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The problem:

We have many dev/qa/prod RH/Solaris servers with many accounts having ssh trust between them, including between servers in different environments (prod->prod, but also qa->prod). I know this is a bad practice, and the first step I'm trying to take to resolve it is to understand which accounts on which boxes can ssh to which other accounts on which boxes without a password.

My approach was going to be a shell script to log into a specified list of servers, and sudo go through /etc/passwd file to get a list of all accounts and home directories, look at the latter for presence of .ssh and id_rsa.pub and/or id_dsa.pub and authorized_keys and output this information, per account per box, to stdout on the machine running the script.

The fact that users can specify a key for ssh to use that is not the default is an acknowledged limitation. (I'm assuming that is not the case)

Then use the output to create an html page with JavaScript objects {username, machine_name, rsa_key, dsa_key, authorized_keys[]} created from the output above, and use JQuery (or similar) to display the hierarchy (how is tbd).

My question is, does something to address this kind of an issue already exist? And if not, any input on my approach would be welcome.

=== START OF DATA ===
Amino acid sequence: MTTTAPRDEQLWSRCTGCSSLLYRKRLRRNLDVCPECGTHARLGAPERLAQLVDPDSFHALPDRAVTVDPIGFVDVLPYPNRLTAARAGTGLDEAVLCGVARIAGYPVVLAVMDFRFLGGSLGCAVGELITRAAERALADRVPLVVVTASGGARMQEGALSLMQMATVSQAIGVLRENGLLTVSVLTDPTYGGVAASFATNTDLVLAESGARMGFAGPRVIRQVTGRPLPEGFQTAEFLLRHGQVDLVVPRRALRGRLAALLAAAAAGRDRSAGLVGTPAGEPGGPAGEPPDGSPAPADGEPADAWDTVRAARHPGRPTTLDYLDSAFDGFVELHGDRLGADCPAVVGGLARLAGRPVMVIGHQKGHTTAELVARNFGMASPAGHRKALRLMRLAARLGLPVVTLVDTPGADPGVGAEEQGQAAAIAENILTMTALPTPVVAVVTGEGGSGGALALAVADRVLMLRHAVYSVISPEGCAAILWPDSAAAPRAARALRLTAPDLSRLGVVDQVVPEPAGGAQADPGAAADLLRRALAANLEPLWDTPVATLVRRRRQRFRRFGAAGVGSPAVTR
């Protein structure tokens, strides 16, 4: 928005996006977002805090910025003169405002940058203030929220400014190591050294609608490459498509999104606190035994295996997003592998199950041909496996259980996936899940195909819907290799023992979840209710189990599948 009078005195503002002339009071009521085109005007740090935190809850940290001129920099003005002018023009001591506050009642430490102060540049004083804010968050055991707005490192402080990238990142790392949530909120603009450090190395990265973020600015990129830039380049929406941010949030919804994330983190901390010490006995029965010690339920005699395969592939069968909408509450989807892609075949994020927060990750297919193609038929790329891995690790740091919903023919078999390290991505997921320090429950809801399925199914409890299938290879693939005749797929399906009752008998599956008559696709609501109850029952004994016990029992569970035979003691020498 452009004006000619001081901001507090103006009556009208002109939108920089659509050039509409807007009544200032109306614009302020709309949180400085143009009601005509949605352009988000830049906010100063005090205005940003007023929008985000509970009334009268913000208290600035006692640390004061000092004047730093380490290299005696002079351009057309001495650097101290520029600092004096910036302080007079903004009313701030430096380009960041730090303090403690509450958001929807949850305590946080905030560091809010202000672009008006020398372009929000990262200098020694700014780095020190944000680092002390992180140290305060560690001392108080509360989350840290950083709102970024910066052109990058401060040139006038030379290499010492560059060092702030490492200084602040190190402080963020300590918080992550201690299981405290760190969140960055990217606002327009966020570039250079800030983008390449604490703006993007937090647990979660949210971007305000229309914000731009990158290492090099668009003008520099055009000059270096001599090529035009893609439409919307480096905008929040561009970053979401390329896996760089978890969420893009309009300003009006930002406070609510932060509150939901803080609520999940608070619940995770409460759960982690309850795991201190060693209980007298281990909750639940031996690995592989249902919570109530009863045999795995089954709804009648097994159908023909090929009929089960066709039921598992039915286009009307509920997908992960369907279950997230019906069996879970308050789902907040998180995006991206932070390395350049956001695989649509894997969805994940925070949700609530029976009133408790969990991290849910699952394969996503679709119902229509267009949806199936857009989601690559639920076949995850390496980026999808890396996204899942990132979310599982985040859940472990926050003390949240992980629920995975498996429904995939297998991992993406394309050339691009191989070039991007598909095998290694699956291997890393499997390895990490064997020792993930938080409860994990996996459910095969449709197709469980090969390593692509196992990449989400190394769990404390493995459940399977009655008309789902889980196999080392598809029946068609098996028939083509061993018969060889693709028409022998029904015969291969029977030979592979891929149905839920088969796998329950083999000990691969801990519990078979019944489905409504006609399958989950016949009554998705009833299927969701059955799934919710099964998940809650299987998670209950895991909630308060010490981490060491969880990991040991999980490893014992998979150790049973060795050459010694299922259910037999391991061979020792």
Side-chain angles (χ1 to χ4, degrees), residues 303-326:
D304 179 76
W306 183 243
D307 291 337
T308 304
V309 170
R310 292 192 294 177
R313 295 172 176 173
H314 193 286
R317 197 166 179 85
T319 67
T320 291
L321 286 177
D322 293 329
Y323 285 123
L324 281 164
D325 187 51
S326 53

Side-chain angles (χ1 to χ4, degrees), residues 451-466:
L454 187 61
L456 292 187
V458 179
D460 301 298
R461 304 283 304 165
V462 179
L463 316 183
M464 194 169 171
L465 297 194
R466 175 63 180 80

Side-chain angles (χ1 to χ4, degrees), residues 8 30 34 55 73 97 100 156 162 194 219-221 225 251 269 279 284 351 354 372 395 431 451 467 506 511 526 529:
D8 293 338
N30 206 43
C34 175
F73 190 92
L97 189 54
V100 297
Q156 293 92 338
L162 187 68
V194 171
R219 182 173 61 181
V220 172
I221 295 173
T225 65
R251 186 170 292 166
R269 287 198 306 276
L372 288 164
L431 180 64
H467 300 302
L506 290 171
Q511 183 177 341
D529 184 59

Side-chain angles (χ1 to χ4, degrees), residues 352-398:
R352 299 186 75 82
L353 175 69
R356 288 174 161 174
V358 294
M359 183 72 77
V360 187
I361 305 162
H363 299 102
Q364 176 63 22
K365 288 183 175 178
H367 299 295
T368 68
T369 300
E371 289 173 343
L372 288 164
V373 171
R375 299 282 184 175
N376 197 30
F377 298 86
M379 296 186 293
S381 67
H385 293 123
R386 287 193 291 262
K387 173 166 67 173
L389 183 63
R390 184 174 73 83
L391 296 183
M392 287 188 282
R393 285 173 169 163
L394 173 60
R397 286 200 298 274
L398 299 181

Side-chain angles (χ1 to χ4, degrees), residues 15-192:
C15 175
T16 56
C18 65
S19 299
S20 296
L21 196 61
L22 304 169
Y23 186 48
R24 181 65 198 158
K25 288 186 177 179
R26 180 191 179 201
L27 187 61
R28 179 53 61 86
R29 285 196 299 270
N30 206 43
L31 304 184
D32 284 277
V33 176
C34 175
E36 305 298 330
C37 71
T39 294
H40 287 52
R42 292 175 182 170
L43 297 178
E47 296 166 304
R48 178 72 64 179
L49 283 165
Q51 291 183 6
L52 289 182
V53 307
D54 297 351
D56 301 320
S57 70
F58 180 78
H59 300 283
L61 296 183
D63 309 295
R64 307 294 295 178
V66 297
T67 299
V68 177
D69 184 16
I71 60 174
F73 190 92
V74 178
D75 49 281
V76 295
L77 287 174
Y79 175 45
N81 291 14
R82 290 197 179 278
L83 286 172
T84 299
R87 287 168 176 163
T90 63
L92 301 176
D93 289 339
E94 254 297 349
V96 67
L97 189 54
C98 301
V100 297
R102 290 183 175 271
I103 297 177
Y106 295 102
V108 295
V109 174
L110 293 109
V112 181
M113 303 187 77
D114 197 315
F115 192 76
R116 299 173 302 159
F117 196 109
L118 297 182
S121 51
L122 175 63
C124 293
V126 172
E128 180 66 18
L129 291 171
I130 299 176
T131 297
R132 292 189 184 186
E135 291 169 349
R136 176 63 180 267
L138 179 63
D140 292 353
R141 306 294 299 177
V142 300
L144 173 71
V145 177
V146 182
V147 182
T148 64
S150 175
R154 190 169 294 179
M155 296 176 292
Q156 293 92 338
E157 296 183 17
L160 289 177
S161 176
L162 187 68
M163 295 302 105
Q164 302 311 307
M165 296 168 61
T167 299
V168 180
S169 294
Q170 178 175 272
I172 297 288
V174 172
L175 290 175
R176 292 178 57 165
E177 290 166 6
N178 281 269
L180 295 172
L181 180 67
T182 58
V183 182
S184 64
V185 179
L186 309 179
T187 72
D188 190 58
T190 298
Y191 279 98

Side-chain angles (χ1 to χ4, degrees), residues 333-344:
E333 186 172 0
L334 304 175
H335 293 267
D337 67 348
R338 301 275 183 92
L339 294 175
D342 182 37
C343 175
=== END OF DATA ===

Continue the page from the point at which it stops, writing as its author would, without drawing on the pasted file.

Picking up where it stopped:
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There is a commercial solution to the problem, see ssh.com/products/universal-ssh-key-manager.html –  Kimvais Jun 17 '12 at 17:11
    
You might get more answers if you ask on ServerFault.com. –  dave4420 Jun 17 '12 at 17:54
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migrated from stackoverflow.com Jun 18 '12 at 3:47

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1 Answer

Looks like you've got a good idea of what you are doing here. It's always a good idea to document what systems can connect to things without any passwords. It's not necessarily bad practice to do so, and in fact required to do some things, but you need to know how it all works if someone breaks into one of your servers - what else did they gain access to?

One place to look is the authentication log on all of your servers. This will tell you what keys are actually being used for current scripts/programs.

SSHd does tell you how the user logged in. In the logs you should see a line like:

Accepted publickey for automatedprocess from 123.456.789.012 port 12345 ssh2

Going through the logs and finding all the unique combinations of the server the log is on, the username, and the from address will show you which systems have been making use of those keys.

That may also give you a good starting place to see which ones aren't needed anymore, and which ones are used regularly by automated processes.

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